My business is turning goat milk into cheese

Michael Karimi displays frozen cheese at Raka Milk Processors in Nyeri.  

Photo credit: Joseph Kanyi | Nation Media Group

What you need to know:

  • At the Raka Milk Processing Plant located at the outskirts of Nyeri town in King’ong’o, the dairy manager is leveraging on the health benefits of goat milk to promote its consumption by making cheese.
  • Mr Karimi has contracted farmers to supply his firm with goat milk which he buys at Sh100 per litre. He adds that his price is relatively better compared to Sh40 per litre offered to cow milk farmers.
  • Cheese from his plant sells between Sh700 and Sh3, 000 per kilogram. To run the pasteuriser, he requires about 120 litres of milk for one round, but he receives about 40 litres a day.
  • His clientele is mainly based in Nanyuki and Nairobi while he also exports to Somalia, Sudan, Ethiopia and Tanzania which he intends to resume with the ease of travelling bans into the country.

The stereotypes around goat milk make it a less-desirable dairy product for many people owing to its scent but for Michael Karimi, there are good prospects in value addition.

At the Raka Milk Processing Plant located at the outskirts of Nyeri town in King’ong’o, the dairy manager is leveraging on the health benefits of goat milk to promote its consumption by making cheese.

Compared to cow milk,  Mr Karimi says nutritionally, goat milk is highly recommended because it is rich in fats and minerals and contains less lactose and also a favourite for children especially those suffering of eczema.

He further stated that it has lower cholesterol, has plenty of calcium which is essential in bone development, is blood pressure friendly and is rich in vitamin B12 which is important for the functions of the nervous system.

“Value adding goat milk increases its shelf life and makes it more edible since its uptake is relatively low due to the stereotypes associated with it,” he says.

Mr Karimi has contracted farmers to supply his firm with goat milk which he buys at Sh100 per litre. He adds that his price is relatively better compared to Sh40 per litre offered to cow milk farmers.

Banking on his 18 years of experience in the cheese making industry in various plants, he is placing himself in the market to open up the untapped opportunity which prompted him to start the plant four years ago.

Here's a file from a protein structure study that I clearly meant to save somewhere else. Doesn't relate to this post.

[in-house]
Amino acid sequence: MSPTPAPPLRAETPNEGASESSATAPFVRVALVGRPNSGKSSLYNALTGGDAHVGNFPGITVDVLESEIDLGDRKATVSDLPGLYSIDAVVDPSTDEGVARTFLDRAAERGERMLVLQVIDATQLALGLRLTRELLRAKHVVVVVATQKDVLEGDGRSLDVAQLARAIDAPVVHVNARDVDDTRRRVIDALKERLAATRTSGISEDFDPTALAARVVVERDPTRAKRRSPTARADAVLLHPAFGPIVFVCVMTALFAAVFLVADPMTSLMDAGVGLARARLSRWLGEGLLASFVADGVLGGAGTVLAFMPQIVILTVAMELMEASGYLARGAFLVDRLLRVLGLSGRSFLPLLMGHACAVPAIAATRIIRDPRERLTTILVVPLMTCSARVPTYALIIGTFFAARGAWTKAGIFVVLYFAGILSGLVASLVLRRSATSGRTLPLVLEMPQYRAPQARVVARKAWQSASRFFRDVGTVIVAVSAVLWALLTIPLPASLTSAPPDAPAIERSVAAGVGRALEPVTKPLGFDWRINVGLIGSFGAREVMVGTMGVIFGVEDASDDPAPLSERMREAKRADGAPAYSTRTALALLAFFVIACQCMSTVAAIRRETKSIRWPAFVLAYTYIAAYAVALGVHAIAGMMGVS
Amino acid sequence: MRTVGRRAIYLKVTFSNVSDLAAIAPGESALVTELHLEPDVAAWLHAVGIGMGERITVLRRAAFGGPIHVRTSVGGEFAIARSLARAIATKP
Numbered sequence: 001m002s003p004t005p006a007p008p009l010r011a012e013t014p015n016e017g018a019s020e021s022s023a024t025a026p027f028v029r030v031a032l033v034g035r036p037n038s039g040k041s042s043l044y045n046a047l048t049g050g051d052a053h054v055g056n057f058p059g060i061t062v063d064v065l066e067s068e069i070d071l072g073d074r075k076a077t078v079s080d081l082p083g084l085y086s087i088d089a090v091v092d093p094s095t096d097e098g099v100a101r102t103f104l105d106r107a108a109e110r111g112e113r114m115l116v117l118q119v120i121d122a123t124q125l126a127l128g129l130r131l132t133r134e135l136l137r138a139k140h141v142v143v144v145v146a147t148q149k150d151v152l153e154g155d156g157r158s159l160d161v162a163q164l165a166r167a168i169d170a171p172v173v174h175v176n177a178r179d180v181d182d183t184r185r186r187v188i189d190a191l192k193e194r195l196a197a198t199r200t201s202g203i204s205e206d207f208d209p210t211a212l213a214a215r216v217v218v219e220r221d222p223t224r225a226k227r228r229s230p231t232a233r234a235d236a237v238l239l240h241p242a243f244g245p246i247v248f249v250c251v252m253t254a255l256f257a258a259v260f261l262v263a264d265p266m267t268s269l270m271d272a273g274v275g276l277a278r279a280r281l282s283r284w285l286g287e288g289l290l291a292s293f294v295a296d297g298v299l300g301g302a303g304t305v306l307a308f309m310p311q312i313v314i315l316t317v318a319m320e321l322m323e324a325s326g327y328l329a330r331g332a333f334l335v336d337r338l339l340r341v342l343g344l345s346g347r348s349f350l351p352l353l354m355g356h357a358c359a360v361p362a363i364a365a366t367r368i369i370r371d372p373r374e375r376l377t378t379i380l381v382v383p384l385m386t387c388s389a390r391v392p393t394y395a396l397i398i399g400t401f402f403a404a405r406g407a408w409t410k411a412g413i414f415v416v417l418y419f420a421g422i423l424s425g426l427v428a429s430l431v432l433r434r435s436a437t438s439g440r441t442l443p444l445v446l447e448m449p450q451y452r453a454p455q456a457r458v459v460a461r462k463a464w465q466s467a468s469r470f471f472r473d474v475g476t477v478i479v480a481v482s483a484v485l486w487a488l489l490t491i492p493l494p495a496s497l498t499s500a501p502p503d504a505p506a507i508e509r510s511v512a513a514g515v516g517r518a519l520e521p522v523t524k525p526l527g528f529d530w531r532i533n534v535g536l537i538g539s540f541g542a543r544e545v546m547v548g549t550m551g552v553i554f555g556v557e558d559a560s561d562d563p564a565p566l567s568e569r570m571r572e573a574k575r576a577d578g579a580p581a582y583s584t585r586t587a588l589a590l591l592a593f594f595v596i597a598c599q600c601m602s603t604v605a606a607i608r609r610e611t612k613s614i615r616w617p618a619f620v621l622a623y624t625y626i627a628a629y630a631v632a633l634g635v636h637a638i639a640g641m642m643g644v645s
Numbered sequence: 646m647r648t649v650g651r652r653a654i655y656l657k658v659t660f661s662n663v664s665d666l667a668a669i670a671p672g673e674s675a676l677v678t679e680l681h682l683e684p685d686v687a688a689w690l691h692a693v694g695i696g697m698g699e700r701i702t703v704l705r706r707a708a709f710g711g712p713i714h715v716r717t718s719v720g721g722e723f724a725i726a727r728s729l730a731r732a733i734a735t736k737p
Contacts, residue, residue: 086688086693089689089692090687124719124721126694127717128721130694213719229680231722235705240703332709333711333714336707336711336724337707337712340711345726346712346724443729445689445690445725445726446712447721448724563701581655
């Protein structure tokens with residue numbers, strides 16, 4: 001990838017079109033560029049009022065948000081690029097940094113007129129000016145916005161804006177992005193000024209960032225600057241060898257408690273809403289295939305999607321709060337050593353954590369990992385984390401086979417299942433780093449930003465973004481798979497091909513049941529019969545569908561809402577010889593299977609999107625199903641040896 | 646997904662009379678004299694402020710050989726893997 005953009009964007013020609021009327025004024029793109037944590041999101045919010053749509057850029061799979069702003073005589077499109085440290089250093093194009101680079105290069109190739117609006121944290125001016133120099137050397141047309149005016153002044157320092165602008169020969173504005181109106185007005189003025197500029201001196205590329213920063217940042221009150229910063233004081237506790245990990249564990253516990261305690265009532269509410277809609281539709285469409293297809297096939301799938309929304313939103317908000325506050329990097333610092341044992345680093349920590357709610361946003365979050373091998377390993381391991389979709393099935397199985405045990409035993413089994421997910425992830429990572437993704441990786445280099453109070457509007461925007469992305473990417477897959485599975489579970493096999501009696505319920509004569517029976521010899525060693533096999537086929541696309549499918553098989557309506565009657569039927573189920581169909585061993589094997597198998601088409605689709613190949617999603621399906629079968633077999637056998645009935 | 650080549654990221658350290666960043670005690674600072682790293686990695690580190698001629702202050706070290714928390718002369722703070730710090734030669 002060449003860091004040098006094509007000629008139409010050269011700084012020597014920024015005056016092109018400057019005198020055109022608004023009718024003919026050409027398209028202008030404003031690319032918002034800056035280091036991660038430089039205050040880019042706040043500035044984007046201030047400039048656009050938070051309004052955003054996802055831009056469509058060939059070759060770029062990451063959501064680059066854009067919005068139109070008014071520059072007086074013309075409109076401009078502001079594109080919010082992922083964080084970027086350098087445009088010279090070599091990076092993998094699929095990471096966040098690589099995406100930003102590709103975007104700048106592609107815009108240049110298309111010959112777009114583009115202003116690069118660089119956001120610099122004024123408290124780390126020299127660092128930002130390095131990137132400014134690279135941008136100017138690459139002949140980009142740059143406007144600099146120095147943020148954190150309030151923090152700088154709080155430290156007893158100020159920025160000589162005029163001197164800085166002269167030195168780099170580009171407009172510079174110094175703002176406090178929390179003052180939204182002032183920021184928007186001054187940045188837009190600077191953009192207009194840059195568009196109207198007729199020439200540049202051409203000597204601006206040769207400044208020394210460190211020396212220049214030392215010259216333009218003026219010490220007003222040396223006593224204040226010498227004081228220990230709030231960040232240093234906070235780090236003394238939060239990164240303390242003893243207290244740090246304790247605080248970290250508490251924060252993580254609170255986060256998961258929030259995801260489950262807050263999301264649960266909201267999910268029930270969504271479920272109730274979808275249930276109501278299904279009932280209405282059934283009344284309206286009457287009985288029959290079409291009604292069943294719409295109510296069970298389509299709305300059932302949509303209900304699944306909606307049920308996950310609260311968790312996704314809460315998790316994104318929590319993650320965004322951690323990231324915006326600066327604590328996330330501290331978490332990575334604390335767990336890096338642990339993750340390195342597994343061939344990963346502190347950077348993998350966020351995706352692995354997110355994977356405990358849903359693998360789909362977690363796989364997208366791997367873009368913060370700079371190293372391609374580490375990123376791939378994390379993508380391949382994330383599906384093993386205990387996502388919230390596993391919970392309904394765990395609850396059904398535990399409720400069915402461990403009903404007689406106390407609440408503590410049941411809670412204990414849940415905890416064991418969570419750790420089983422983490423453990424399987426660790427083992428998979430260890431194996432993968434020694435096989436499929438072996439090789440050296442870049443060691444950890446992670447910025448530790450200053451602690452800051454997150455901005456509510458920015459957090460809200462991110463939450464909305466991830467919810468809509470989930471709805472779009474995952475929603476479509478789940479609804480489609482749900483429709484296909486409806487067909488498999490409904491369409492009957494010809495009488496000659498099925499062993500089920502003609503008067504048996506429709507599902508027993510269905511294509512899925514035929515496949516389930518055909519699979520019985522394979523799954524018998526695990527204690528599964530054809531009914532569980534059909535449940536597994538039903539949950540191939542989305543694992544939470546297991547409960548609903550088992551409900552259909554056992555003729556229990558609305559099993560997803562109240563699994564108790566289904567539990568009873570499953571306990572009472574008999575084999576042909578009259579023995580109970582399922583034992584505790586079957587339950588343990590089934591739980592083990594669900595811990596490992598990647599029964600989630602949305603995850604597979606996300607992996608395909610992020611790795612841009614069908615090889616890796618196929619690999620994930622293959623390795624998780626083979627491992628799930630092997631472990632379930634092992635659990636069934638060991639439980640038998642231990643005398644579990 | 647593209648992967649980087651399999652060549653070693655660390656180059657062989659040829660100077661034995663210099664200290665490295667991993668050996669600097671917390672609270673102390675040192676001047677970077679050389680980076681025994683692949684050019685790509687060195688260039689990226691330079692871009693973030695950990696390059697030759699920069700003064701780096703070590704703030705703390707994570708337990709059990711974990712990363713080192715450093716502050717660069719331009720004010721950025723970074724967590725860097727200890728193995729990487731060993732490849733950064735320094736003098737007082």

Process to make cheese

“Sales for goat cheese are limited but the market is gradually opening up,” he says.

But with the number of cheese processing plants coming up in the region and nationwide, Mr Karimi says the potential of goat cheese cannot be satiated as the demand is likely to shoot up.

Furthermore, fast food joints commonly making pizzas,  burgers and pasta blooming in the county is an opportunity to excel in the market.

Cheese can be consumed when cut into small pieces or mixed with fruits. The process to make cheese begins after receiving milk from the farmers where workers run a quality test that involves measuring density, scent-smelling the milk and an alcohol test.

Milk is then sieved and pumped into the coolers for a process that takes between six and nine hours depending on the cheese that is being made.

Workers process curd for cheese-making at the milk processor.

Photo credit: Joseph Kanyi | Nation Media Group

After the milk is cooled to four degrees which is the recommended hygiene level. It is then moved for pasteurisation to about 72 and 74 degrees centigrade.

At Raka processing plant, he produces nine types of cheese that is, mozeralla, cheddar, Feta, Gourda, Halloumi, Pizza cheese, Goat feta, Chevre and Nyeri Blue which is a customised one to suit its origin.

Cheese from his plant sells between Sh700 and Sh3, 000 per kilogram. To run the pasteuriser, he requires about 120 litres of milk for one round, but he receives about 40 litres a day.

Contracted dairy cow farmers

The greatest challenge he has suffered since he began is farmers mixing goat milk with cow milk for the high prices it fetches and adulteration.

“People are yet to start appreciating goat milk hence a limited market access due to lack of acceptance by consumers,” he says urging people to form a habit around consumption of goat cheese.

And to augment the process at the firm, he has also contracted dairy cow farmers to supply him with milk for him to have a fully operation cheese processing factory.  With the 40 litres he receives, he manages to produce five kilograms of goat cheese while from 4, 500 litres of cow milk he produces 450 kilos of cheese.

“Time, temperature and moisture content are the greatest determinant in the making of good cheese,” says Mr Karimi.

His clientele is mainly based in Nanyuki and Nairobi while he also exports to Somalia, Sudan, Ethiopia and Tanzania which he intends to resume with the ease of travelling bans into the country.

“The Rwandan market was great but it is shrinking as they are receiving cheap cheese from France,” he says.
He is also in the process of accrediting cheese laced with herbs such as chilli and value adding the whey to juices.

imugo@ke.nationmedia.com